Have you ever looked into a child's eyes and been able to see their pain? As people who work with youth, we want to do everything we can to help that child and make that pain go away. But what is that pain? How can we help?
Emotional pain is typical for children and youth as they develop and mature. These various types of emotional pain can range from anxiety about a big test at school to sadness because of the passing of a beloved pet. These emotional struggles are in line with typical adolescent development and maturity so they tend to be short lived and transient in nature. However, when the pain persists, it may be time to seek professional help.
While most kids and teens are physically and emotional healthy, one in every five youth ages 13-18 have, or will have a serious mental illness according to the National Alliance on Mental Illness (NAMI). So what does mental illness in children and teens look like?
May is the perfect month for us to be thinking about the mental health of children and teens as May is Mental Health Awareness Month. Since 1949, Mental Health Awareness Month has been reaching millions of people through local events and media to help breakdown the stigma of mental health, provide training and education opportunities, as well as, connecting those in need of mental health services to appropriate help.
Do you feel confident in yourself to be able to identify the warning signs of depression, suicide, or the onset of other mental illnesses? As youth workers and educators we are required to take on a number of different rolls while working with youth, I would strongly encourage you to seek out training opportunities in your area to learn more about youth mental health. But in the meantime, here are some standard warning signs for children and teens provided by NAMI:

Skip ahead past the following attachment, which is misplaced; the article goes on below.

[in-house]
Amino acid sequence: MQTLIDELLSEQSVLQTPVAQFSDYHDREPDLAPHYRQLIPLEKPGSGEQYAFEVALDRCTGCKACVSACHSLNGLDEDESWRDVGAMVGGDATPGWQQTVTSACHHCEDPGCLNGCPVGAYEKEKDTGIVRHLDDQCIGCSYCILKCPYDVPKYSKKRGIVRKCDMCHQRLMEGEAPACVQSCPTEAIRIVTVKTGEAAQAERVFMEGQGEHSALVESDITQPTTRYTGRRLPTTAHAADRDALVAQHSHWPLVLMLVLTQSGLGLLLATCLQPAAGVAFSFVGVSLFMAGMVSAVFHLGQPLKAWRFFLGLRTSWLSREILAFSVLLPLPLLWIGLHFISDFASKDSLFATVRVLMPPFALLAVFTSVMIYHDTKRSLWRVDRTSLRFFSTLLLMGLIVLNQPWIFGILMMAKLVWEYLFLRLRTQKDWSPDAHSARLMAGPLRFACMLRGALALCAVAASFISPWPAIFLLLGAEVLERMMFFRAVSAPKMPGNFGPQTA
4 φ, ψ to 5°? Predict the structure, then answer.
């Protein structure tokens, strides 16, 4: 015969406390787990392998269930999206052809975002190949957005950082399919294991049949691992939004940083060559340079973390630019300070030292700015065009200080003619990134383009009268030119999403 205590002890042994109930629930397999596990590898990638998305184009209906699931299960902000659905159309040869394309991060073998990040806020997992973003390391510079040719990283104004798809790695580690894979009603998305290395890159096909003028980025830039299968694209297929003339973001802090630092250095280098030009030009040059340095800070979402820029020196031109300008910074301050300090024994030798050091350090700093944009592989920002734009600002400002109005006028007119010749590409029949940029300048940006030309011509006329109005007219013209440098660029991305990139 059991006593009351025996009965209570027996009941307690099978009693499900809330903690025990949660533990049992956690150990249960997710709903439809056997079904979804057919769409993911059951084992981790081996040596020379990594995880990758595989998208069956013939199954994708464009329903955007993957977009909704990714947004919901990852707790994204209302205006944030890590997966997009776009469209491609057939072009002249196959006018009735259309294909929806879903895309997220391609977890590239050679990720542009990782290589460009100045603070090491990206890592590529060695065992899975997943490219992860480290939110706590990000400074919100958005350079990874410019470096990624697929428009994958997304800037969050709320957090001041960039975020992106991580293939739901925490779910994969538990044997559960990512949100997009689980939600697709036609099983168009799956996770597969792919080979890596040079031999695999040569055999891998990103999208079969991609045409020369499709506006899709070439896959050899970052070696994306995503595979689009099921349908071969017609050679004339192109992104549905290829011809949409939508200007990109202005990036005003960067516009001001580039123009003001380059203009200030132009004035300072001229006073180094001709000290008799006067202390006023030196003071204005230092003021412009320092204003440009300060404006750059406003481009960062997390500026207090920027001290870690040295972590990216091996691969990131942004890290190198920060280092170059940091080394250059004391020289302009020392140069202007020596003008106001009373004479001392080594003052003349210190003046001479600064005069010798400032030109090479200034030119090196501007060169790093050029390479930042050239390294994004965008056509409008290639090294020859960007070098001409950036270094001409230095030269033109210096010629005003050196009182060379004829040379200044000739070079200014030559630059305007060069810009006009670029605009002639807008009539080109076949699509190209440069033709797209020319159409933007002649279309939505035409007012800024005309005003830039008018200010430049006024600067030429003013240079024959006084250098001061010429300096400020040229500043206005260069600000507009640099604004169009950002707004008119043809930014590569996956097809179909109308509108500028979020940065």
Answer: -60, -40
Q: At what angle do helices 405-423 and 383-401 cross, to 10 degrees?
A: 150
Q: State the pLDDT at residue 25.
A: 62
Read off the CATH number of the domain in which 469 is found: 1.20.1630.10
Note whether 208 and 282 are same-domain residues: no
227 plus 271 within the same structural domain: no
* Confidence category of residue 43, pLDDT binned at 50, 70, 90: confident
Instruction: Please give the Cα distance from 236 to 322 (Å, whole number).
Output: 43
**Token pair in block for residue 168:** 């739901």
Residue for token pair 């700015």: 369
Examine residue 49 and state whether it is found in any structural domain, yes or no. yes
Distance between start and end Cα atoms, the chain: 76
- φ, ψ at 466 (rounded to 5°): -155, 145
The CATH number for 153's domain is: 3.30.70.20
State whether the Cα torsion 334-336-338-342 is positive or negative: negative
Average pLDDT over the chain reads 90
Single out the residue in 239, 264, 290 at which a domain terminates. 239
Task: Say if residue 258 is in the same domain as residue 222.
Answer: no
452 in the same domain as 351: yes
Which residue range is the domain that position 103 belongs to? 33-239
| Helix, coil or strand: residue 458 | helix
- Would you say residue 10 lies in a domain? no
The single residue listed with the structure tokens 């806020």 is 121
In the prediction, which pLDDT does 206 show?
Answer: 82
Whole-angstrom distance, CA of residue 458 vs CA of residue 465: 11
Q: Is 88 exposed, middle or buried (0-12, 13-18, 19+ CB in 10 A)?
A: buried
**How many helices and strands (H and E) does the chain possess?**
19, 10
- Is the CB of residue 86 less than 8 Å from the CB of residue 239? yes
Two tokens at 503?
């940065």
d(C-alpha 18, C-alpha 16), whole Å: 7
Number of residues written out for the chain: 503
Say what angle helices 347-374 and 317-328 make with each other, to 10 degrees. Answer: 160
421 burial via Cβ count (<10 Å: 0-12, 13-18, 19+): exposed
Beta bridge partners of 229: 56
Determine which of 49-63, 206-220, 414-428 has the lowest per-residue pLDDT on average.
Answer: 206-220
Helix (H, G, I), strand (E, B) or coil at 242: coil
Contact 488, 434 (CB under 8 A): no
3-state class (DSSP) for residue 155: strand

Being aware of the warning signs above is a tremendous help, I challenge you to go a step further and complete some kind of mental health or suicide training as you might be the one to help save the life of a child. Here are my recommendations:
For breakfast this morning I enjoyed an apple, egg and cheese wrap, and my daily cup of coffee!
I live in a small town.
Our county has about 3600 residents in the town proper, with another 7000 scattered throughout the County (a County which includes two First Nations reserves and two Metis settlements). We have two grocery stores, a few gas stations, four schools, a post office, some shops, plenty of industry and farming operations, and a pretty nice community centre for our size. If you're looking for small-town Canadiana, look no further. We've got it all.
Only... we don't.
Like any other isolated community, we have a health centre but not a full-fledged hospital; we have a free mental health clinic, but its resources are limited; and we have one or two private counsellors who run a fee-for-service practice, but the standard rate is $180/hour. For a town battling a slumping economy, those are big bucks to shell out when rent has to be paid for and food put on the table.